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King Kong (2005)
Gorilla In The Midst
I can honestly say that I've enjoyed all three versions of "Kong" for wildly varied reasons. The first has the clipped, efficient feel of a Boy's Own novel along the lines of Burroughs or Haggard. As campy as the 1976 effort is at times, it's as equally grim and socially conscious, with a pre-gentrified New York, an ape whose love is boundless and gorgeous, and a heroine who seems just as doomed as he is. Now we have a sweeping, dizzying, operatic "Kong" for the 21st Century. The film's tone weaves seamlessly from clear-eyed adventure, high comedy, and soaring romance to a dangerous journey of self-discovery, a melding of two disparate worlds, and agonizing despair at the heights of the civilization. Almost eighty years after the Great Ape roared his way into the world, I can't think of anything more appropriate, and in its own way, predestined to occur.
As often as I hear the original "Kong" described as simple, uncomplicated, and subtext-free, I've never been able to buy that argument. The movie is so laden with below-the-radar themes-- the devastating effects of colonialism, white man's right to imperialism, the value placed upon a woman's powerless body, the abuse and exhibition of an exotic for profit, evolution turning back upon itself, the yawning gap between Haves and Have Nots-- that even if it doesn't necessarily expound on these ideas, it certainly does at least raise them and encourage audiences to draw their own conclusions. These motifs crept into the 1976 film and today demand a reckoning. And do they ever get it. After all these years, Kong transcends being mere clever movie trickery and his leading lady proves she's more than just a pretty trinket to all the men in her life.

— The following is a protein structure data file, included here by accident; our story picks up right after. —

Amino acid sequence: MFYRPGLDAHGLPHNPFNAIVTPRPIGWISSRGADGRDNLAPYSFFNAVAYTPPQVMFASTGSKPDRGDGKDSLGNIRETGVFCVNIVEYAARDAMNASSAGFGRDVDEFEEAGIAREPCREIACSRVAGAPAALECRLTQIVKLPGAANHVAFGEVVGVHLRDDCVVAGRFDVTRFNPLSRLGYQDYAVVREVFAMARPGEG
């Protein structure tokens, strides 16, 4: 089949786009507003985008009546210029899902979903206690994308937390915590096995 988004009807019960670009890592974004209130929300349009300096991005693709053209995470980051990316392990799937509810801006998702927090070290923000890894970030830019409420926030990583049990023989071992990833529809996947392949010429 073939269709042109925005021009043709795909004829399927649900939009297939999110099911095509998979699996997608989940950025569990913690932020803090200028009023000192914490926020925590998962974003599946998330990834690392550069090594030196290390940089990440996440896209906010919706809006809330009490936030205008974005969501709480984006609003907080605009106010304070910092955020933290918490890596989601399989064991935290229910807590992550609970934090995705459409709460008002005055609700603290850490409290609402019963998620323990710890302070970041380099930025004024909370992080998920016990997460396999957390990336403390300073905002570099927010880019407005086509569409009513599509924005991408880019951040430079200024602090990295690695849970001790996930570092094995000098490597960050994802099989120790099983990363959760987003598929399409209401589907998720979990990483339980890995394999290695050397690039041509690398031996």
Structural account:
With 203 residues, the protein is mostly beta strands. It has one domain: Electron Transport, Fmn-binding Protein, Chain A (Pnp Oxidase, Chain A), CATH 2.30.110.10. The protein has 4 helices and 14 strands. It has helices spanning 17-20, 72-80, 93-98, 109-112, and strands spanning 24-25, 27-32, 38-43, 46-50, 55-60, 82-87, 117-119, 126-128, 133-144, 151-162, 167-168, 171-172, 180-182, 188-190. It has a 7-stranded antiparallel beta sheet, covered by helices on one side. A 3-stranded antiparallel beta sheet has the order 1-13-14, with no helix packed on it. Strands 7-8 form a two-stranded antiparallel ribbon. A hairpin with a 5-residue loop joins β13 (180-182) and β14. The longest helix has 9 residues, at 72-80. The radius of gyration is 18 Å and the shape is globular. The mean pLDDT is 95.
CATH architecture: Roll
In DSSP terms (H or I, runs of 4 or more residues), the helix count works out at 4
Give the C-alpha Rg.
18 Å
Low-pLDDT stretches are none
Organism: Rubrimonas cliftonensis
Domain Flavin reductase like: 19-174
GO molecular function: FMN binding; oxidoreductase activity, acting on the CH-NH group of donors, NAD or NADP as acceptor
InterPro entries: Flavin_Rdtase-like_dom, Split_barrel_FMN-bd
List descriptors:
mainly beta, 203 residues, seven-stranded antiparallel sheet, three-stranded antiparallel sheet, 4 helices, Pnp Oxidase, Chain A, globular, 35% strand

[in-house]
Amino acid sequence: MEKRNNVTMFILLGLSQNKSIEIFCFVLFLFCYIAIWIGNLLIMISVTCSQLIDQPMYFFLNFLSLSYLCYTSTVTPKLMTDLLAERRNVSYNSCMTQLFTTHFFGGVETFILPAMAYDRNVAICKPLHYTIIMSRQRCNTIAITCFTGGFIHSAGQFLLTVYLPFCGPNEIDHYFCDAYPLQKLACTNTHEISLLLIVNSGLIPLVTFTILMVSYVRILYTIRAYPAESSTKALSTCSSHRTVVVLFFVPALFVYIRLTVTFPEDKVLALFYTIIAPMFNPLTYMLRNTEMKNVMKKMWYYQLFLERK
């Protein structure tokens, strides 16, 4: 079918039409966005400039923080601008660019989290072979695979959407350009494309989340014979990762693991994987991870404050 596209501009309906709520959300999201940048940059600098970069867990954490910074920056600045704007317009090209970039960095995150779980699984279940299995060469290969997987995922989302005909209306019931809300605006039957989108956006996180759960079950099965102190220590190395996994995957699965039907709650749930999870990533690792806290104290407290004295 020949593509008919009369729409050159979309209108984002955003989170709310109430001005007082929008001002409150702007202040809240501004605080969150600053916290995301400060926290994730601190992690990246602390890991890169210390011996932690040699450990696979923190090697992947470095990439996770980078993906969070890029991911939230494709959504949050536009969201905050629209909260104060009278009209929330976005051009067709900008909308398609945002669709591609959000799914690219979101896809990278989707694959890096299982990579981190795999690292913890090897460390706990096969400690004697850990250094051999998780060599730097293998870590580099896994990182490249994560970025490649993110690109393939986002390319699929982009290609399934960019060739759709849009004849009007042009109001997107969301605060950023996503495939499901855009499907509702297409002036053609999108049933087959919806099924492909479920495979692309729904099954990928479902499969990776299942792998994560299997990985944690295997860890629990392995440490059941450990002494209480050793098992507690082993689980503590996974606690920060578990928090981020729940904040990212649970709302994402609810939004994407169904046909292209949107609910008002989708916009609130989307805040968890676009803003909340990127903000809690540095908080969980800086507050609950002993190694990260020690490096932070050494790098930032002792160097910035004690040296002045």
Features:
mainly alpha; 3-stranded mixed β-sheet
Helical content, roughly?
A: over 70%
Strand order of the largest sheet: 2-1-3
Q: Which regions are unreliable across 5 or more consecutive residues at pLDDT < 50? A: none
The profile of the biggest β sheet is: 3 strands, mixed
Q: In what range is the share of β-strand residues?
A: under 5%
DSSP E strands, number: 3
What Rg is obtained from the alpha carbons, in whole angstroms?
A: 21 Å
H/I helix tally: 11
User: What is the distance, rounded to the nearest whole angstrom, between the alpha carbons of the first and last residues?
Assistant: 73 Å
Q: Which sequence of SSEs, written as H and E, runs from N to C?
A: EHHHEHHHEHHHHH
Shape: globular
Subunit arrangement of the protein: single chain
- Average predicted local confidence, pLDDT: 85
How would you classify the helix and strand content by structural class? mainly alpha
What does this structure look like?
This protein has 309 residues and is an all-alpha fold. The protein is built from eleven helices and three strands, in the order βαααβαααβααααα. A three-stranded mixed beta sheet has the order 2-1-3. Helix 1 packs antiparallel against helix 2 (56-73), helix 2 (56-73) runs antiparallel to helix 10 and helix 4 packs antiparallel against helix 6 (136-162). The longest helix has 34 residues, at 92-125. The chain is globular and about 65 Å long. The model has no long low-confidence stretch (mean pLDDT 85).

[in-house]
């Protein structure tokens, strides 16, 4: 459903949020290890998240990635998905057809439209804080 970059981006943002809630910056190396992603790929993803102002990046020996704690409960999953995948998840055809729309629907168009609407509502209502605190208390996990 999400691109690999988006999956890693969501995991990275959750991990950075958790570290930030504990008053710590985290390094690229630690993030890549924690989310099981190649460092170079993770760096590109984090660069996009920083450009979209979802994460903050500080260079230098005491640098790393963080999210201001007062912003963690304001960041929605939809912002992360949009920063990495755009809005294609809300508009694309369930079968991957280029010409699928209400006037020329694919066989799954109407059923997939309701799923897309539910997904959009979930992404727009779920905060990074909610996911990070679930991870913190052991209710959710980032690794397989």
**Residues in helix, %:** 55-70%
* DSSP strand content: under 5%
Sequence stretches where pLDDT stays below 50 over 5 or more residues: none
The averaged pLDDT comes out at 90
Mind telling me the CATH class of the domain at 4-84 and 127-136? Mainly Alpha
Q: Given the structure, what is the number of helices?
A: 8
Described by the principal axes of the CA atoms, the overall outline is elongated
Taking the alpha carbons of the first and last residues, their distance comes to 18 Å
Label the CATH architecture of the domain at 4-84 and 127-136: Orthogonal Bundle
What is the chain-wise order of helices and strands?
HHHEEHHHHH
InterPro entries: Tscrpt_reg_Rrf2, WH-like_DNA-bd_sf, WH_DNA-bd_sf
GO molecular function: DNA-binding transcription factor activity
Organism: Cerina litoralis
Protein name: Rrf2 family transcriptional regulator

It's interesting that some feel Kong has been neutered by his more playful or somber moments depicted herein. He's actually capable of the same reactive violence as his predecessors and enacts perhaps even greater feats of instinctive chivalry for his newfound bride. The difference is that now we can't just take for granted that he's an unreasonable, possessive brute or killing machine a la "Jaws" or the endlessly malicious predators that clutter up Direct To DVD Animal Peril yarns. It's easy to portray animals as one-note menaces, harder to depict them as fully realized beings in their own right. In his humid and teeming world of horrors, Kong's every action is given purpose and motivation: territorial bluster, innocent curiosity, rage driven by solitude, jealousy, and defiance of a world that seeks to chain what can never be truly bound by law or force. If we see Kong as relatable, it's not in a puckish, Disney-like way where he's basically a barely-disguised human there to goof around and reflect our own humanity back at us. This God/Monster/Lover is more than that, a being of might and desire that we may not fully be able to comprehend...perhaps even something from the dawn of time that modern man has lost over the ages.